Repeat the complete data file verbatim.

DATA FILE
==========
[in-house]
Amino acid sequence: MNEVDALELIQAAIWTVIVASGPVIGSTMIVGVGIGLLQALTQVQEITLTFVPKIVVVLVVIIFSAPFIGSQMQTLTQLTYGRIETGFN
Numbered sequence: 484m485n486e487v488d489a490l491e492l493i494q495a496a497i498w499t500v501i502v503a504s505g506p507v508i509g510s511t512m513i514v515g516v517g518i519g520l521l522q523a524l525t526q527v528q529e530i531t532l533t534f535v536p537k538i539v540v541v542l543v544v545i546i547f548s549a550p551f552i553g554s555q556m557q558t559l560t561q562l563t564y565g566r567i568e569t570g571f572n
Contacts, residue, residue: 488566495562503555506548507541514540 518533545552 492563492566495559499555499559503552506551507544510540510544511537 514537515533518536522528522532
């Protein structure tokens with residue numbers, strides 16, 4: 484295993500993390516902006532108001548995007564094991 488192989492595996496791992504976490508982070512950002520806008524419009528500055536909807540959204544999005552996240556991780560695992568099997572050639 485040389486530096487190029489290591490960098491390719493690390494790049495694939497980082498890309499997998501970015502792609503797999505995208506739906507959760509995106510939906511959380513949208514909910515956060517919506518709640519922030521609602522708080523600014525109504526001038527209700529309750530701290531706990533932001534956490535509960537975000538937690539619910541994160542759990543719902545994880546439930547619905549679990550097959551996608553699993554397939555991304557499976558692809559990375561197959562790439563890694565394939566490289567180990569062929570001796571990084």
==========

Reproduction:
[in-house]
Amino acid sequence: MNEVDALELIQAAIWTVIVASGPVIGSTMIVGVGIGLLQALTQVQEITLTFVPKIVVVLVVIIFSAPFIGSQMQTLTQLTYGRIETGFN
Numbered sequence: 484m485n486e487v488d489a490l491e492l493i494q495a496a497i498w499t500v501i502v503a504s505g506p507v508i509g510s511t512m513i514v515g516v517g518i519g520l521l522q523a524l525t526q527v528q529e530i531t532l533t534f535v536p537k538i539v540v541v542l543v544v545i546i547f548s549a550p551f552i553g554s555q556m557q558t559l560t561q562l563t564y565g566r567i568e569t570g571f572n
Contacts, residue, residue: 488566495562503555506548507541514540 518533545552 492563492566495559499555499559503552506551507544510540510544511537 514537515533518536522528522532
């Protein structure tokens with residue numbers, strides 16, 4: 484295993500993390516902006532108001548995007564094991 488192989492595996496791992504976490508982070512950002520806008524419009528500055536909807540959204544999005552996240556991780560695992568099997572050639 485040389486530096487190029489290591490960098491390719493690390494790049495694939497980082498890309499997998501970015502792609503797999505995208506739906507959760509995106510939906511959380513949208514909910515956060517919506518709640519922030521609602522708080523600014525109504526001038527209700529309750530701290531706990533932001534956490535509960537975000538937690539619910541994160542759990543719902545994880546439930547619905549679990550097959551996608553699993554397939555991304557499976558692809559990375561197959562790439563890694565394939566490289567180990569062929570001796571990084």